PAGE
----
This week, I’ve come across some headlines regarding a newly published study in the Journal of the American Medical Association (JAMA) that negates the effects of resveratrol- one of the antioxidant compounds found in wine (along with other magnificant foods such as chocolate and some berries).
I drink wine…. sometimes…
often… (nope, sticking with the more ambiguous ‘sometimes’)
Thus, I was intrigued!
The 9-year study followed over 700 elderly subjects from the Chianti region of Tuscany- a slightly wine-focused area- examining the resveratrol concentration of their urine.
The study found no association between resveratrol and decreased risk of cardiovascular disease and/or cancer. In fact, past research proposes that humans would (potentially) need to consume up to 1,000 times the amount of resveratrol consumed by the subjects of the Chianti-based study to reap such rewards.
… What’s that you say?… I should majorly UP my wine intake?…
…No?… That’s not what they meant?
Vino fanaticism aside, I was unimpressed with the title of the brief article in the New York Times, addressing this topic. It solemnly states: “Wine ingredient may have few health benefits.” I mean… it’s noncommittal, but where the article held very little beyond a description of this one study’s findings, I found it lacking.
While resveratrol alone may not be responsible for the decline in CVD (and other conditions) associated with the foods that contain it, it still may play a complimentary role.
My mother once asked me, “what is the definitive text on nutrition?”- To which my newly-saturated grad-school brain had to chuckle as I replied “There isn’t one…”
There’s a good reason for this, of course. The reason is- we don’t know everything! In the grand scheme of science, nutrition is a relatively ‘new’ field. We’re still working on it. The number of biochemical processes that make up metabolism is insane! And they’re complicated! They involve many steps, many cycles… many components.
Simply put, there is a ridiculous amount of interaction goin’ on in there! Picture a well-choreographed molecule dance party… It’s kind of like that…
…And that being said- it would be naïve to think that any one compound is solely responsible for anything that goes on in the body. Resveratrol is part of a family of substances known as polyphenols. These substances are all recognized as having antioxidant effects (protecting against oxidative damage to your cells). And while it hasn’t been proven yet, it is not farfetched to hypothesize that they work together– as this article from NPR’s The Salt brings up.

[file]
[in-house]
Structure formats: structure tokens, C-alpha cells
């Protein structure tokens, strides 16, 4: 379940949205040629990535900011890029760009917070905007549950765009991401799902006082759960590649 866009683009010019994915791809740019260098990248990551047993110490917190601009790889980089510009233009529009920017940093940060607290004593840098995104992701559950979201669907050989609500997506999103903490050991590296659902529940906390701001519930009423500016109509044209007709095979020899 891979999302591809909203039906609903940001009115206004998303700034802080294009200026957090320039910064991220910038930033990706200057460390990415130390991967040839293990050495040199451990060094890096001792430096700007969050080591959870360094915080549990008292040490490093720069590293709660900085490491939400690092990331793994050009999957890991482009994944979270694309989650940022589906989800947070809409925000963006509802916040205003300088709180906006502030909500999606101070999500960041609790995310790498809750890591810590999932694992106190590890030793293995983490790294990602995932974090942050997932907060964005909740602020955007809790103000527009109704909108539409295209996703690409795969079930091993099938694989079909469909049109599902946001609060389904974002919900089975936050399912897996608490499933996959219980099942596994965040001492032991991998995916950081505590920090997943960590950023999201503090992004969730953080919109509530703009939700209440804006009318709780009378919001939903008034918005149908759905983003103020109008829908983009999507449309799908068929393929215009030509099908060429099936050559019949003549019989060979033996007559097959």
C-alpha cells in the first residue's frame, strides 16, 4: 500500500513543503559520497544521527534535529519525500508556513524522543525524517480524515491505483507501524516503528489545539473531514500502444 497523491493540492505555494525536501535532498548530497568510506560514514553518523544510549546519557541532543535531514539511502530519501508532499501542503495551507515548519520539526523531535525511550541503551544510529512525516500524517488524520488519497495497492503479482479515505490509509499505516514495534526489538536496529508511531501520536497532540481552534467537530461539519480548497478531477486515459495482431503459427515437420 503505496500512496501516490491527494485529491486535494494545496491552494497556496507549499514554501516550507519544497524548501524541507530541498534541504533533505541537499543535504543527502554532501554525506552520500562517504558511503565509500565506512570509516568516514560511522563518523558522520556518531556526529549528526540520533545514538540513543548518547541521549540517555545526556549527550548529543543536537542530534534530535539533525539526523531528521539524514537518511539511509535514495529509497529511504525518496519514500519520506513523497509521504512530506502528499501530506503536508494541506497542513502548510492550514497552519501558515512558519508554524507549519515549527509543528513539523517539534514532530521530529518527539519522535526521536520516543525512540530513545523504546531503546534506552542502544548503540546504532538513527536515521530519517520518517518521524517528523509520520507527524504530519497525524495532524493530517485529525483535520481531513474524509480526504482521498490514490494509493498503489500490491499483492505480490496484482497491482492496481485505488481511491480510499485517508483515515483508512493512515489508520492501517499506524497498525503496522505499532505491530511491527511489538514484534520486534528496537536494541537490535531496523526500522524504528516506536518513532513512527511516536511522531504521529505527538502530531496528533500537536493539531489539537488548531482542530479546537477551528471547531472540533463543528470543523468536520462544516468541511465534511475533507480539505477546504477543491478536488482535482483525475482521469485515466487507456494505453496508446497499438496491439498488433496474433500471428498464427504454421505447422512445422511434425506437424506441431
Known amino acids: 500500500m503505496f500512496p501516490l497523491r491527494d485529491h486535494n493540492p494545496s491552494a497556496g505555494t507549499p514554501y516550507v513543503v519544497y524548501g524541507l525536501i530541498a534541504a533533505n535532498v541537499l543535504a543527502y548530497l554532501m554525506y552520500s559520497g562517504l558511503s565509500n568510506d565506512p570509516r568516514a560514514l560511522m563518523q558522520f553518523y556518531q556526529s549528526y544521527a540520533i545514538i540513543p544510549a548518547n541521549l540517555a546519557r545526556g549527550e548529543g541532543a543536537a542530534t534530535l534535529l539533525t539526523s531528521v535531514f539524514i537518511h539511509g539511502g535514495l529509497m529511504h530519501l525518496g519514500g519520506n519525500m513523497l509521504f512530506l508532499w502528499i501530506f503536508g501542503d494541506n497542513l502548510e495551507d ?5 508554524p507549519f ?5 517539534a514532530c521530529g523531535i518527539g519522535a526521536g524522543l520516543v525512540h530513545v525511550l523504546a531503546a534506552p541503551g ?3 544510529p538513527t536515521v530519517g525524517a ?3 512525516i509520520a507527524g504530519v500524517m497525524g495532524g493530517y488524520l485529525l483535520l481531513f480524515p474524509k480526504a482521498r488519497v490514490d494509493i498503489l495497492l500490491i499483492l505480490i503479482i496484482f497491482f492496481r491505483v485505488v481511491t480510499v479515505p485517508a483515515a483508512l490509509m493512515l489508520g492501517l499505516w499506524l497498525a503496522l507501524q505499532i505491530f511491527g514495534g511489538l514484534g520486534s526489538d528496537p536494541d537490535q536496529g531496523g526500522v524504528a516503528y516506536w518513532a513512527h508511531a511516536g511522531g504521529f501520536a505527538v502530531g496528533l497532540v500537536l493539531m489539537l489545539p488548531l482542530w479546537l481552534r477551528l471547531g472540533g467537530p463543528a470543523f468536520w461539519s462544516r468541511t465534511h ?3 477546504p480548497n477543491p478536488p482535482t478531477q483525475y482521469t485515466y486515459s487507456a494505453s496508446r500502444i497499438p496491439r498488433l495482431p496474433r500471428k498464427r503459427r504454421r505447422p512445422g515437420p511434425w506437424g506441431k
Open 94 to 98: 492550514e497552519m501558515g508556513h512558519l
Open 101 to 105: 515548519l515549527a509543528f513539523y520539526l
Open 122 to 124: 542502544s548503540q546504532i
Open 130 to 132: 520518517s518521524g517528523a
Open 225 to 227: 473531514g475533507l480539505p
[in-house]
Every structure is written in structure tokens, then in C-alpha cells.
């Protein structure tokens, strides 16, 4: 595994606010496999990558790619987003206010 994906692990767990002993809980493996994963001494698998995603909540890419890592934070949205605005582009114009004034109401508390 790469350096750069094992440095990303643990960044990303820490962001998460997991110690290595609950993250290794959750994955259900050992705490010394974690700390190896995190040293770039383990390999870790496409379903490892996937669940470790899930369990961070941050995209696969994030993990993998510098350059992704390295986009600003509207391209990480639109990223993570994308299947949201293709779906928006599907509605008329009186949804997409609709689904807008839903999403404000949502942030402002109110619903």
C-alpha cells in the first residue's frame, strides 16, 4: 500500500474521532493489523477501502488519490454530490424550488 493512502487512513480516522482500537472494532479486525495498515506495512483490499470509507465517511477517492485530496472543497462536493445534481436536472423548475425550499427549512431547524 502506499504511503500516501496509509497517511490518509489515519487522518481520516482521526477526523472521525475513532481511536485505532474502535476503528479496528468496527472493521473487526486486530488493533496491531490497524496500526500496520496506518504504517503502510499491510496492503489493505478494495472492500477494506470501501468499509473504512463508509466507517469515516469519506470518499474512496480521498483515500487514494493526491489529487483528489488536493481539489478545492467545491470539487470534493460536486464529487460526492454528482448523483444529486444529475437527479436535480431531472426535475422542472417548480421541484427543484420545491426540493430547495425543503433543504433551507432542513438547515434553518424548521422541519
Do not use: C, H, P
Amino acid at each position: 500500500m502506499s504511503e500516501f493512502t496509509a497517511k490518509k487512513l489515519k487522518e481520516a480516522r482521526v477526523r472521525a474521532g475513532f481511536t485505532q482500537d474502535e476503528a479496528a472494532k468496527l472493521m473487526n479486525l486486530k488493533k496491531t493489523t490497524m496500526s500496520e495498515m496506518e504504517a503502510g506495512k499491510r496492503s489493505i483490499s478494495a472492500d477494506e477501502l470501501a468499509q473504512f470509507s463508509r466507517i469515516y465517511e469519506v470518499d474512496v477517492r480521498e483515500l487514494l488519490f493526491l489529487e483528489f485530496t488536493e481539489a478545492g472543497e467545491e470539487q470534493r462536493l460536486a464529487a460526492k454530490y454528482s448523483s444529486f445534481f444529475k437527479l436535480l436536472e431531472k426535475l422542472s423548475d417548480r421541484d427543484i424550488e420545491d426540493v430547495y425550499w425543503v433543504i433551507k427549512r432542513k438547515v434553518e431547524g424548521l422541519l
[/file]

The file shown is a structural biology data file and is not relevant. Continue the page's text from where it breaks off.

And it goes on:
In addition to this theory there is also well-established evidence backing the benefits of moderate alcohol consumption on reduced risk of CVD. This is true not just of wine, but of any alcohol!
Now hold on. Don’t get too excited.
Moderate alcohol consumption is considered 1 drink per day for women, and up to 2 drinks per day for men (sexist, right?). One drink is defined as 14 grams of ethanol, which translates to: 12 oz. of beer, 5 oz. of wine, or 1.5 oz of hard liquor. Increased consumption results in the data going in the opposite direction- i.e. increasing health risks.
Do we indulge in a little extra sometimes? Well…yeah…we’re human…we’re celebratory beings! But science says it’s best to keep it to this moderate level- so most of the time, that’s how I roll.
(There is also no reason for those who abstain from alcohol to start drinking. There are plenty of other ways to attain the same benefits for cardiovascular health).
So if you too saw one of these vague headlines, I hope this info has eased any wine-worry it may have caused, and maybe helped clarify some of what is being said. Basically- we don’t have all the answers. The benefits could be in the multitude of polyphenols. It could be the alcohol. It could be a combination of many, or all variables. Bottom line: All this new study is saying is that it is most likely NOT resveratrol all by it’s lonesome.
Regardless….I just suggested that you to go drink beer, wine or liquor….Every. Day.
So…Cheers to science!
Okay now- Happy hour discussion topic: people naming their children after Kale.